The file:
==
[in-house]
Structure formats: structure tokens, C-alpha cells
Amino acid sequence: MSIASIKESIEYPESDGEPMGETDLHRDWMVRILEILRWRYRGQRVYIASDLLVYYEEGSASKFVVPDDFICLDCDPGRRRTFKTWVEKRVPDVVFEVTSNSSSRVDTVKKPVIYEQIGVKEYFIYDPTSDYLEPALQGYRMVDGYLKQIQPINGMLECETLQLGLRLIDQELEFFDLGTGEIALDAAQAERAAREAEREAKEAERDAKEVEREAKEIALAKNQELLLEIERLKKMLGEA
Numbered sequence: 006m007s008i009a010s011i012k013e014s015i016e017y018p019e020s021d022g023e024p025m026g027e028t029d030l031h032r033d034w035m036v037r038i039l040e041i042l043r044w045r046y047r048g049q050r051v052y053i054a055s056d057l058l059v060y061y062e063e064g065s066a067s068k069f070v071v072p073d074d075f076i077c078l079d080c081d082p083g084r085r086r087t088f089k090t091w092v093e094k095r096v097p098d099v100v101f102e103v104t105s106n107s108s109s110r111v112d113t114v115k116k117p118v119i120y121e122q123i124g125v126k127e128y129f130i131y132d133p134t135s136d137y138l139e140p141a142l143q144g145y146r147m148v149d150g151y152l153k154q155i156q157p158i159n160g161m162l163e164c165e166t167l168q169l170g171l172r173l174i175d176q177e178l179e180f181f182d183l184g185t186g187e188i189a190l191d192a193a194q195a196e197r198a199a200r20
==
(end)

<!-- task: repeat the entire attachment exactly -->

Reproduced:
[in-house]
Structure formats: structure tokens, C-alpha cells
Amino acid sequence: MSIASIKESIEYPESDGEPMGETDLHRDWMVRILEILRWRYRGQRVYIASDLLVYYEEGSASKFVVPDDFICLDCDPGRRRTFKTWVEKRVPDVVFEVTSNSSSRVDTVKKPVIYEQIGVKEYFIYDPTSDYLEPALQGYRMVDGYLKQIQPINGMLECETLQLGLRLIDQELEFFDLGTGEIALDAAQAERAAREAEREAKEAERDAKEVEREAKEIALAKNQELLLEIERLKKMLGEA
Numbered sequence: 006m007s008i009a010s011i012k013e014s015i016e017y018p019e020s021d022g023e024p025m026g027e028t029d030l031h032r033d034w035m036v037r038i039l040e041i042l043r044w045r046y047r048g049q050r051v052y053i054a055s056d057l058l059v060y061y062e063e064g065s066a067s068k069f070v071v072p073d074d075f076i077c078l079d080c081d082p083g084r085r086r087t088f089k090t091w092v093e094k095r096v097p098d099v100v101f102e103v104t105s106n107s108s109s110r111v112d113t114v115k116k117p118v119i120y121e122q123i124g125v126k127e128y129f130i131y132d133p134t135s136d137y138l139e140p141a142l143q144g145y146r147m148v149d150g151y152l153k154q155i156q157p158i159n160g161m162l163e164c165e166t167l168q169l170g171l172r173l174i175d176q177e178l179e180f181f182d183l184g185t186g187e188i189a190l191d192a193a194q195a196e197r198a199a200r20